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Items tagged with 'bibliography'

Report: The English Novel, 1800–1829: Update 1 (April 2000–May 2001)

This project report relates to The English Novel, 1770-1829: A Bibliographical Survey Published in the British Isles, edd. Peter Garside, James Raven, and Rainer Schöwerling, 2 vols. (Oxford: OUP, 2000). In particular, it offers fresh … Continue reading

Report: The English Novel, 1800–1829: Update 2 (June 2001–May 2002)

This project report relates to The English Novel, 1770-1829: A Bibliographical Survey of Prose Fiction Published in the British Isles, general editors Peter Garside, James Raven, and Rainer Schöwerling, 2 vols (Oxford: OUP, 2000). In … Continue reading

Report: The English Novel, 1800–1829: Update 3 (June 2002–May 2003)

This project report relates to The English Novel, 1770-1829: A Bibliographical Survey of Prose Fiction published in the British Isles, general editors Peter Garside, James Raven, and Rainer Schöwerling, 2 vols (Oxford: OUP, 2000). In … Continue reading

Report: The English Novel, 1800–1829: Update 4 (June 2003–August 2004)

This project report relates to The English Novel, 1770-1829: A Bibliographical Survey of Prose Fiction Published in the British Isles, general editors Peter Garside, James Raven, and Rainer Schöwerling, 2 vols. (Oxford: OUP, 2000). In … Continue reading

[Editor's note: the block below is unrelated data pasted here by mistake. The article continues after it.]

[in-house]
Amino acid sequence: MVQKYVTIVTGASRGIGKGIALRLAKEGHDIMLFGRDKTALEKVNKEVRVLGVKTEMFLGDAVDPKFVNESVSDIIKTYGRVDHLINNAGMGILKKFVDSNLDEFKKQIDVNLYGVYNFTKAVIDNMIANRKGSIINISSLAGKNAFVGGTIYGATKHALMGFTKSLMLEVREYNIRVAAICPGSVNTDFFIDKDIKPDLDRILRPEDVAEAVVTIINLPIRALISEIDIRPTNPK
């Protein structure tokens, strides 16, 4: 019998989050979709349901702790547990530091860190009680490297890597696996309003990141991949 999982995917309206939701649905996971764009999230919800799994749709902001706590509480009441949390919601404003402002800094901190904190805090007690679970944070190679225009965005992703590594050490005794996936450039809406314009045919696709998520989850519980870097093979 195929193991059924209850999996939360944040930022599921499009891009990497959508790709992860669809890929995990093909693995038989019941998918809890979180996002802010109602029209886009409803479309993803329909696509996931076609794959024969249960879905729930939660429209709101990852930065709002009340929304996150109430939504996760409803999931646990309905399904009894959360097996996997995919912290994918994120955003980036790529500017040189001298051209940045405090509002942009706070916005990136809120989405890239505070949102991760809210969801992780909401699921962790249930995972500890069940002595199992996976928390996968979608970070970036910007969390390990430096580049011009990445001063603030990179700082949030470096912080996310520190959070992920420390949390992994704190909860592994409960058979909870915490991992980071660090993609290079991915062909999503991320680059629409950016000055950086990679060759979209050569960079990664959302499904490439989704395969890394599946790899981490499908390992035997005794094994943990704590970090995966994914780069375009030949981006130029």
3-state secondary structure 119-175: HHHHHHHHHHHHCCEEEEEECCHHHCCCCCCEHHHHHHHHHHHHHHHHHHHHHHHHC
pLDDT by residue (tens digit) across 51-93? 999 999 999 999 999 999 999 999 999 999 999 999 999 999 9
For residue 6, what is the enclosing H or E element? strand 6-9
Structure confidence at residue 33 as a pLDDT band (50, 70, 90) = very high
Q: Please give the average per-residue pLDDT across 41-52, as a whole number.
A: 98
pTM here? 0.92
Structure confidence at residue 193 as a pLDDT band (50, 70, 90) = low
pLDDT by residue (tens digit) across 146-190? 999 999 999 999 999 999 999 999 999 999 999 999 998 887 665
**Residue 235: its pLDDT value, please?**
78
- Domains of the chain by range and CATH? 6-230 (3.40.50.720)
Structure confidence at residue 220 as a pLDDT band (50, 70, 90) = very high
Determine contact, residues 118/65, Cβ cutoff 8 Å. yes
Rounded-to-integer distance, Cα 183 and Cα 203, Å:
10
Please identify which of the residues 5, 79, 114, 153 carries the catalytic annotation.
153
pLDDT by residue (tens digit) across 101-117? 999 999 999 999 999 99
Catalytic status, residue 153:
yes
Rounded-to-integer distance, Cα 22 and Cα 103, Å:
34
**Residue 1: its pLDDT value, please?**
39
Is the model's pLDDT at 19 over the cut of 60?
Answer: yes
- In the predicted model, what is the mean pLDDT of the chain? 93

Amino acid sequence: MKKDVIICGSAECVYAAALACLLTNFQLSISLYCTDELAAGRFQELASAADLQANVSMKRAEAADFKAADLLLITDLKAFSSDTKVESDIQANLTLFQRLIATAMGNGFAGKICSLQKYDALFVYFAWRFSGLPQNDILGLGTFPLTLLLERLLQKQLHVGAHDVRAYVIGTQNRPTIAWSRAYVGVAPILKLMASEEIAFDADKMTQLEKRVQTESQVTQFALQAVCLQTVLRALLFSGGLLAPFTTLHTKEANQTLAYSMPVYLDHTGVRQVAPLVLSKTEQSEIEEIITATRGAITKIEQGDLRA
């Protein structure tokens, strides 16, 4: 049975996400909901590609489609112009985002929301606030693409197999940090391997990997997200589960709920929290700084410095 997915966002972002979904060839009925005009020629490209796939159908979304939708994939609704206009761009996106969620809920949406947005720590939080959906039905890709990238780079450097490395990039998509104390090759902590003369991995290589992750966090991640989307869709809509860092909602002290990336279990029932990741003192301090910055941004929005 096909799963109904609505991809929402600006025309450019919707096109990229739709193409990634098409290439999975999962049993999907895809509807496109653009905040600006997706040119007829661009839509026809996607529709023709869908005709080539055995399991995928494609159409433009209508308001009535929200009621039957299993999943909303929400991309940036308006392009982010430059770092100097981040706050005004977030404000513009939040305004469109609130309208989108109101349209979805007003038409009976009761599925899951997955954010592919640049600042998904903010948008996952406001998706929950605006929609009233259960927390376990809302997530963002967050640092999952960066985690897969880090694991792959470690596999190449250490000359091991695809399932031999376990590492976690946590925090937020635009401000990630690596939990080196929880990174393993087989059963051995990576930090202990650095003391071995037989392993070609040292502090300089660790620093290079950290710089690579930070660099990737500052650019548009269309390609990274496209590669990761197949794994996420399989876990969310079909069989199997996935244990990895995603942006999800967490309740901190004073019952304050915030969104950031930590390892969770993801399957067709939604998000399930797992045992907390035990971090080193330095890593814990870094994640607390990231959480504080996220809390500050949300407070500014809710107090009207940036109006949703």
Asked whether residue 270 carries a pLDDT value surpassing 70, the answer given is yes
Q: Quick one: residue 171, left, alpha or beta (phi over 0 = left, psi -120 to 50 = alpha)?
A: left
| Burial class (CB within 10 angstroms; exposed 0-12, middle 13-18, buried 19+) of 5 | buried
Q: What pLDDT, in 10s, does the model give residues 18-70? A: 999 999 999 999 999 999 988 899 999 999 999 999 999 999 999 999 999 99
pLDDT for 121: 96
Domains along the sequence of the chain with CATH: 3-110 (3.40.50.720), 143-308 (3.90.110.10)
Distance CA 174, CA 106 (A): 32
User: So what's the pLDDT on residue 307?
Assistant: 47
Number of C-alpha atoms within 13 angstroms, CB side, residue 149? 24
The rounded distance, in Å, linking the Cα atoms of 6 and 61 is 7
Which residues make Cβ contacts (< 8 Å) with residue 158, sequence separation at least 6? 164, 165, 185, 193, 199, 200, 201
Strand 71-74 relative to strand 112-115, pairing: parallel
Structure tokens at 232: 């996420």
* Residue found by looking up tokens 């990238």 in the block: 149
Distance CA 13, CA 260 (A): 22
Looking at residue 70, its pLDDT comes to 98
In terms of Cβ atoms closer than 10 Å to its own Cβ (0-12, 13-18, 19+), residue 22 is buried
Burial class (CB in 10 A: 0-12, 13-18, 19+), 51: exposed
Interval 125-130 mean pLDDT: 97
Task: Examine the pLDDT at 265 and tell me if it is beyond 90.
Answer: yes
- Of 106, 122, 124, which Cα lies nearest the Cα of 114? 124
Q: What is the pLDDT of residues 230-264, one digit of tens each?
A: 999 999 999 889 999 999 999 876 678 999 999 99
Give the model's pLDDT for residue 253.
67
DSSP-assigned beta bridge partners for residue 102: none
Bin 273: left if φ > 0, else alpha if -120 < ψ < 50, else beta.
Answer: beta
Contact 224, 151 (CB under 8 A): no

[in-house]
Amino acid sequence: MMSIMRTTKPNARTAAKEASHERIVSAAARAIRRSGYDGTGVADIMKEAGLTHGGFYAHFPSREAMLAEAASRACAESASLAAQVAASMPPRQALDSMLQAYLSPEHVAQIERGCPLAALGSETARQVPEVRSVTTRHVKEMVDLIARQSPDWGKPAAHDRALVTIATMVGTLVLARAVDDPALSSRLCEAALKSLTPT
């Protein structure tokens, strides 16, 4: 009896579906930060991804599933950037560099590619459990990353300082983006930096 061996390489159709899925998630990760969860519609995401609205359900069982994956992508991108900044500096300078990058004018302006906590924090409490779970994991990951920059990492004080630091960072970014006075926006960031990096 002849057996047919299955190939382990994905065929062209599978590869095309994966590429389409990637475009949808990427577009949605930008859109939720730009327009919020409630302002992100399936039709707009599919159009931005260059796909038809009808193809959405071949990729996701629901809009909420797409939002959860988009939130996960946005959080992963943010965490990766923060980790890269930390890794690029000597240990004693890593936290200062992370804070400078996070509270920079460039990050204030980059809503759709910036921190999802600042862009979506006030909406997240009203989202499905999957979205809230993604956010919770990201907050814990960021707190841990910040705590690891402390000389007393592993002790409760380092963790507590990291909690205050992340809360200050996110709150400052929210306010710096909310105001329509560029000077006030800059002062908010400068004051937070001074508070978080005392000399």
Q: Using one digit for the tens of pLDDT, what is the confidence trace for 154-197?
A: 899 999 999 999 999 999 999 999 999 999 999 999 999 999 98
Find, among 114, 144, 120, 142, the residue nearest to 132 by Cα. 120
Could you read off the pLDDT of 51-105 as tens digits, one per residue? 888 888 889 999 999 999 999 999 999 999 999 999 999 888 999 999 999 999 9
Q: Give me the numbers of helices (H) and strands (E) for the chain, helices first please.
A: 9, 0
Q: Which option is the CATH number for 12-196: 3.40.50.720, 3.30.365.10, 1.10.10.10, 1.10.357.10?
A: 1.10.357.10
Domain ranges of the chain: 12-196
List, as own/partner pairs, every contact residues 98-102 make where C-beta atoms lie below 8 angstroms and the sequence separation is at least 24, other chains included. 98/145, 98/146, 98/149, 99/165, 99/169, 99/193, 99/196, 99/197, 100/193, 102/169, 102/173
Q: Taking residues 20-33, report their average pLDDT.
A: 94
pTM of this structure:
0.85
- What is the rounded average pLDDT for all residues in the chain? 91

Article: Bibliography of British Travel Writing, 1780–1840

I In 1826, Mary Shelley recalled the Summer of 1814 as ‘incarnate romance’, when ‘a new generation’ of youthful travellers with ‘time and money at command’, yet heedless of ‘dirty packets and wretched inns’, ‘poured, … Continue reading

Report: The English Novel, 1800–1829: Update 5 (August 2004–August 2005)

This project report relates to The English Novel, 1770–1829: A Bibliographical Survey of Prose Fiction published in the British Isles, general editors Peter Garside, James Raven, and Rainer Schöwerling, 2 vols. (Oxford: OUP, 2000). In … Continue reading

Article: Collecting the National Drama in Revolutionary England

Let’s begin with an irritated Elizabeth Inchbald. At the bidding of prolific and insistent publisher Thomas Norton Longman, she undertook the task of collecting and critiquing a series of plays spanning the two centuries between … Continue reading

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